Entebbe – President Yoweri Museveni has, on Saturday, May 9, revealed that he is in talks with his East African counterparts to find a lasting solution to the truck drivers dilemma, writing-off a possible ban.
While delivering an address in the National Prayer held Saturday, President Museveni revealed that blocking truck drivers would have lasting consequences to the economy given the were moving essential cargo to sustain the livelihood of Uganda and neighbouring countries
“Within the country, the problem (COVID-19) is not showing. But the truck drivers from the neighbouring states in the region. If we stop the trucks, how shall we survive? We banned the movement of people because some are just carrying rumours,” President Museveni said sending the celebrants in laughter.
“Someone carrying petroleum, or carrying our coffee; that one (transporter) we cannot stop him. Therefore, we are in talks with His Excellency, Uhuru Kenyatta (Kenya), Salva Kiir (South Sudan), Paul Kagame (Rwanda) and Magufuli (Tanzania) and we shall have a common solution for these drivers,” President Museveni revealed.
President Museveni disclosed that his Kenyan counterpart, H.E Uhuru Kenyatta, recommended testing in Naivasha (Kenya) before dispatching with joint medical teams from the states conducting the tests
“They should be tested from where they are originating from to curb the problem.” President Museveni said.
Museveni, on another note, acknowledged that health teams – while interacting and testing drivers, have found new illness among them.
God has a purpose for this disease. My health personnel have found truck drivers with illnesses like diabetes, high blood pressure. How can somebody of High Blood Pressure driver a 40 tons’ truck? How do you expect him not to have an accident?” President Museveni intrigued the celebrants.
“It has been eye-opening that we have not been paying attention to the transport sector. These truck drivers should be in good health like pilots,” President Museveni revealed.
On a review of the COVID-19 cases, 54 drivers have tested positive of COVID-19 to include Kenyans (26), Tanzanians (17), Ugandans (8), Burundian (1), Rwandans (1) and Eritrean (1) – representing close to 50% of the cases as Uganda’s tally languished at 114 infections.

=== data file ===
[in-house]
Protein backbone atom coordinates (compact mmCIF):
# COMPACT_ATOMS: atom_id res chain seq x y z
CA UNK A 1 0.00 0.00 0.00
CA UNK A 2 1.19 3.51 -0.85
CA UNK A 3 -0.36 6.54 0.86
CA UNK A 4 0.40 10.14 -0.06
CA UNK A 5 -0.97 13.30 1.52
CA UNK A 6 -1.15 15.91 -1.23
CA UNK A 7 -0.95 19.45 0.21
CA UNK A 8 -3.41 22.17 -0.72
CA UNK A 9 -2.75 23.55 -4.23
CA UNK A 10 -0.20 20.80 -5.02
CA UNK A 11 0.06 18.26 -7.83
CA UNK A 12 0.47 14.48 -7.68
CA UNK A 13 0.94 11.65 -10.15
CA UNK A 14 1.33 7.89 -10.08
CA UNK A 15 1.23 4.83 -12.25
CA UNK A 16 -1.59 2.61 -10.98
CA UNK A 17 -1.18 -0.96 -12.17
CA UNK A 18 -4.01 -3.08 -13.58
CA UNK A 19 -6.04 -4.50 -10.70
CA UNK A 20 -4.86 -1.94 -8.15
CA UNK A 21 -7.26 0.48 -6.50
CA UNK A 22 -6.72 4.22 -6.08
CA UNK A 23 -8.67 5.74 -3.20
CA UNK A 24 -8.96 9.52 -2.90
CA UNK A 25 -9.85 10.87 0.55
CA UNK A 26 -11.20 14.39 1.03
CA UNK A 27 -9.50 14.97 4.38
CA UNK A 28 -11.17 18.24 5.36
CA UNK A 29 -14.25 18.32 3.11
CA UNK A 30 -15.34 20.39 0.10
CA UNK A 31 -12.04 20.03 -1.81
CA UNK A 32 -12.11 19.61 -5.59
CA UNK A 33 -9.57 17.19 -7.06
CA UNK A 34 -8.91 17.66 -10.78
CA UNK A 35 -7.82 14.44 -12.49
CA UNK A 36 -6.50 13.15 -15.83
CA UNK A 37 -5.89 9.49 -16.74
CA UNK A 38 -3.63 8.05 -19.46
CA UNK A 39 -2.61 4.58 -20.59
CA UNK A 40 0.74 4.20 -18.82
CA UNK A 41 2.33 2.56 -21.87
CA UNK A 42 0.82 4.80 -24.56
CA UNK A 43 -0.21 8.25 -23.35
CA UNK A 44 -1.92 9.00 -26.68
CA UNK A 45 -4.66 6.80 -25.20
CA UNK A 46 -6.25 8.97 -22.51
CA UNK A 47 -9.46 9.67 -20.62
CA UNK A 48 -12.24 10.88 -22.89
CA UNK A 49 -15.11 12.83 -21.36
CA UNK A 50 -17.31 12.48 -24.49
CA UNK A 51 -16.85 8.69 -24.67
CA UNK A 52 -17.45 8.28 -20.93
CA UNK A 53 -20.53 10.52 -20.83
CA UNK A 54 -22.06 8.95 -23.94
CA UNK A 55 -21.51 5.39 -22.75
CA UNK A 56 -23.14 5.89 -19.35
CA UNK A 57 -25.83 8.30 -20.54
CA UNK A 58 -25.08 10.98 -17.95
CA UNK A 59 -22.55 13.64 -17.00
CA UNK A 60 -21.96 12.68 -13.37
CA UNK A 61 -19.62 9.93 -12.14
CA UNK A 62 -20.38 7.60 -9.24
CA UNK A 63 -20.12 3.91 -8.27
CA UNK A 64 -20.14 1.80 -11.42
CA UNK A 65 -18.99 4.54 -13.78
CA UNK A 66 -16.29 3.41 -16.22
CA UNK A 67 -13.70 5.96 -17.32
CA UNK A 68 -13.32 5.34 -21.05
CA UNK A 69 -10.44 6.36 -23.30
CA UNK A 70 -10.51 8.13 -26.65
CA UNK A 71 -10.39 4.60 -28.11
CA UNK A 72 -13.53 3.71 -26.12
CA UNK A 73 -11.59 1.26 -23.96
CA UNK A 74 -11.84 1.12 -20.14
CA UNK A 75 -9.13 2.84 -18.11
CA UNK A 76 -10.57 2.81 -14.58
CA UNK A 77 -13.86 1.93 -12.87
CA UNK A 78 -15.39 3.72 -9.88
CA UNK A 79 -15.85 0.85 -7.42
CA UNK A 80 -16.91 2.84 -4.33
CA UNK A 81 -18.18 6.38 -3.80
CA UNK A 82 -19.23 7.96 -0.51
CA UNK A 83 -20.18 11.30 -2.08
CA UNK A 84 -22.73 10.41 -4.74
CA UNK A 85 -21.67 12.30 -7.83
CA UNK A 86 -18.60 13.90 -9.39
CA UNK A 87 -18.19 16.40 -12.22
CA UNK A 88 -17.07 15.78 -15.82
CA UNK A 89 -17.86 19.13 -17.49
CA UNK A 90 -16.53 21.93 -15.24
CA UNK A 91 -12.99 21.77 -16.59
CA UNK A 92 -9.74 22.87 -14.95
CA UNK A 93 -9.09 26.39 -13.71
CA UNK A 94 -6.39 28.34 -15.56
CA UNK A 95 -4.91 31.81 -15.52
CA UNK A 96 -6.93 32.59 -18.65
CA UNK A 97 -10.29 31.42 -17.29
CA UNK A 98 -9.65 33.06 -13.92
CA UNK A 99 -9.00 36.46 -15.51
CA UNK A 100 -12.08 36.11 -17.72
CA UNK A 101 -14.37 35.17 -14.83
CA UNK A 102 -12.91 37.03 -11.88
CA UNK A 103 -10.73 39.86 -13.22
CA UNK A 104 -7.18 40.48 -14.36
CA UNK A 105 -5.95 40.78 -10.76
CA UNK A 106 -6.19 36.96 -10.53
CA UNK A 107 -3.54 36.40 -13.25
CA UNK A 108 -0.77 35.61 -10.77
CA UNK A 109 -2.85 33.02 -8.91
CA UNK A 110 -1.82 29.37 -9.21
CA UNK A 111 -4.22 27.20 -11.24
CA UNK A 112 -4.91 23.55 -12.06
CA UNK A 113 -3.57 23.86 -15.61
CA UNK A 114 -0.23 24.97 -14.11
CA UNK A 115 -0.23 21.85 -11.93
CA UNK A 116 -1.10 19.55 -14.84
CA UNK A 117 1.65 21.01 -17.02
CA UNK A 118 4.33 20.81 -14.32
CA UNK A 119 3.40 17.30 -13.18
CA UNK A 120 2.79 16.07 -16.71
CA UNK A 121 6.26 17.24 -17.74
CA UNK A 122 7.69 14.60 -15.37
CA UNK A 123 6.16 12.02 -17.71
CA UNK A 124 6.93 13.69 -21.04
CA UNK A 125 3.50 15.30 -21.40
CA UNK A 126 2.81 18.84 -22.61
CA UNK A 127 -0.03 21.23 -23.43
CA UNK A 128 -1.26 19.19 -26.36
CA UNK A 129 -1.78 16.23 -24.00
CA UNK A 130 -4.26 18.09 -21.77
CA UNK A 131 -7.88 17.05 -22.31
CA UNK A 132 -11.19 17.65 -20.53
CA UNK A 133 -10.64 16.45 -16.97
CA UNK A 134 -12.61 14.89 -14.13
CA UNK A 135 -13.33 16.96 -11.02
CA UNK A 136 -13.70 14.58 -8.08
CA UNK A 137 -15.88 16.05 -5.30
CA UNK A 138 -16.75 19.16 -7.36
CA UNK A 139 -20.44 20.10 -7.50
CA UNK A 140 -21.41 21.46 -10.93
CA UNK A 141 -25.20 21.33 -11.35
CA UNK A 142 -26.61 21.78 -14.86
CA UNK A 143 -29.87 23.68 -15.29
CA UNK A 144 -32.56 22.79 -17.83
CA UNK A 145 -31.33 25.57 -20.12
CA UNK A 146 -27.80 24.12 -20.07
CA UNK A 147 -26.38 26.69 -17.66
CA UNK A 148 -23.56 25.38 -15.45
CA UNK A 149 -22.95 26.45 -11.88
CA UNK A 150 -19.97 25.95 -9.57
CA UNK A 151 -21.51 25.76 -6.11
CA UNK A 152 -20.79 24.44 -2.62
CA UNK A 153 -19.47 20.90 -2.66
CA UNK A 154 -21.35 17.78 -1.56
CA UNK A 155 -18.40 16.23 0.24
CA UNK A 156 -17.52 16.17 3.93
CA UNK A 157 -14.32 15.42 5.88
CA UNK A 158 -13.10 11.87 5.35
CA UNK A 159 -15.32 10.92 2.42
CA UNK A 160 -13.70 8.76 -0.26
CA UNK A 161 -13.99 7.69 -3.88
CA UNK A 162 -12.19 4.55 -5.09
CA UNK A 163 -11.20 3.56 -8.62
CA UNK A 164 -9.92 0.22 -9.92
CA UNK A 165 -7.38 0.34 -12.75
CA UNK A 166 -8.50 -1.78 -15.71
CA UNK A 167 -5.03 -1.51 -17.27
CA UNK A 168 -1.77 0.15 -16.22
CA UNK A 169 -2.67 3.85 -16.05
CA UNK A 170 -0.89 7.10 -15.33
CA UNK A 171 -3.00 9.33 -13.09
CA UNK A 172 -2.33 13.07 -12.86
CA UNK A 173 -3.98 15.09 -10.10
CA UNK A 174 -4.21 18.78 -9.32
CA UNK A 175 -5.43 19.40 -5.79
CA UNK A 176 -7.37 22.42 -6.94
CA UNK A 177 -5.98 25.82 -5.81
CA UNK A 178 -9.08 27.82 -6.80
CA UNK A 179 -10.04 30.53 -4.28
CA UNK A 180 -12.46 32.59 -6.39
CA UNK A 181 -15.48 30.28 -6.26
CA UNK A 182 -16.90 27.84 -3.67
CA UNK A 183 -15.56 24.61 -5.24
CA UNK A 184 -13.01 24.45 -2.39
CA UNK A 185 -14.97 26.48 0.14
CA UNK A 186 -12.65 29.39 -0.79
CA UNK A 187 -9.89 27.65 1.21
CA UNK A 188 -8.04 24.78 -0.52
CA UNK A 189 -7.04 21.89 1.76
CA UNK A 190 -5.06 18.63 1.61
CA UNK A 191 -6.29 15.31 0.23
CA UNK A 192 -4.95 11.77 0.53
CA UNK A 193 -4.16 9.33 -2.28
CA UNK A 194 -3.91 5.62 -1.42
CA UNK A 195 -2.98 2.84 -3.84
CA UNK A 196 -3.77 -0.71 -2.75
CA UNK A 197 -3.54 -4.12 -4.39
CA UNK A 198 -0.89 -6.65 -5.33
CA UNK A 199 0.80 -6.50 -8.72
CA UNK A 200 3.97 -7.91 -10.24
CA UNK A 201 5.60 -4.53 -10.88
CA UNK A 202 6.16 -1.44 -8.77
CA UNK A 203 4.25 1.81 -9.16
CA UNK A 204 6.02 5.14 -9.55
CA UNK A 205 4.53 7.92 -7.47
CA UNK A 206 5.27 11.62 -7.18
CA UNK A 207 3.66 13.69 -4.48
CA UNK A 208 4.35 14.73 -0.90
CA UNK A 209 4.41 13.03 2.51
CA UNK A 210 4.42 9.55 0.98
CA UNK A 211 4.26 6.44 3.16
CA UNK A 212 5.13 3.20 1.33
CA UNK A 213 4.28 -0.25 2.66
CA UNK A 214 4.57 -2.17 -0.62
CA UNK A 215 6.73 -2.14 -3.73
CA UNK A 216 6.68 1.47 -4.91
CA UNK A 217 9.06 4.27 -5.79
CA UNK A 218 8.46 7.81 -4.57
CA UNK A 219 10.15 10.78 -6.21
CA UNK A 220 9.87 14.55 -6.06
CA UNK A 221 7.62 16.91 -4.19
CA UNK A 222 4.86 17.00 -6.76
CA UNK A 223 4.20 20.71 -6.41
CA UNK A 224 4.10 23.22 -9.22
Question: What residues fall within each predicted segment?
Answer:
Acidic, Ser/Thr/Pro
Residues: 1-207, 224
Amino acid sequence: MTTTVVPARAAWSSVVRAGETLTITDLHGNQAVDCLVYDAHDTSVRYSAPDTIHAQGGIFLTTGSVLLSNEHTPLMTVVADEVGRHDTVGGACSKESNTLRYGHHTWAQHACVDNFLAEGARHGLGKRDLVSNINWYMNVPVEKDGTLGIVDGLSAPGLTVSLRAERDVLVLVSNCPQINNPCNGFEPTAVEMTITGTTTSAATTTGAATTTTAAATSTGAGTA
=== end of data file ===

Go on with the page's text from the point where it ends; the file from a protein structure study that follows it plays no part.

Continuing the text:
Despite a number of measures put in place to manage the threat of foreign cargo drivers frustrating the fight against coronavirus, Uganda continues to register Covid-19 cases mainly involving truck drivers from neighbouring countries.
Following the increased Covid-19 cases among truck drivers, the trade and transport national taskforce sub-committee resolved that drivers park in only gazetted places where they can be tracked while in transit in case their results, from samples taken at the border of entry, return positive.
In an interview with Uganda’s Daily Monitor, Mr Emmanuel Ainebyoona, the senior public relations officer at the Ministry of Health, said: “We have not stopped truck drivers from coming, [but] we ensure we test them and establish that they are not interacting with any member of our population.”
On Wednesday, May 6, Kenya’s government directed all cross-border truck drivers be tested for COVID-19 at least 48 hours before leaving Mombasa or Nairobi.
This according to Kenya’s Transport Cabinet Secretary James Macharia is part of additional measures to curb the spread of the coronavirus through imported cases.
In a press briefing on Wednesday, , CS Macharia said the drivers will be required to produce a Covid-19 free certificate at the border points, adding that the directive will apply even to drivers entering the country from other neighbouring regions.
“All truck drivers leaving our country to the neighbouring country have to be tested at least 48 hours before they leave Nairobi or Mombasa because by the time they reach the border they must show a certificate that they are Covid-19 free,” said CS Macharia.
“And that will be mandatory and also applies to drivers coming from other regions like Uganda and Rwanda.”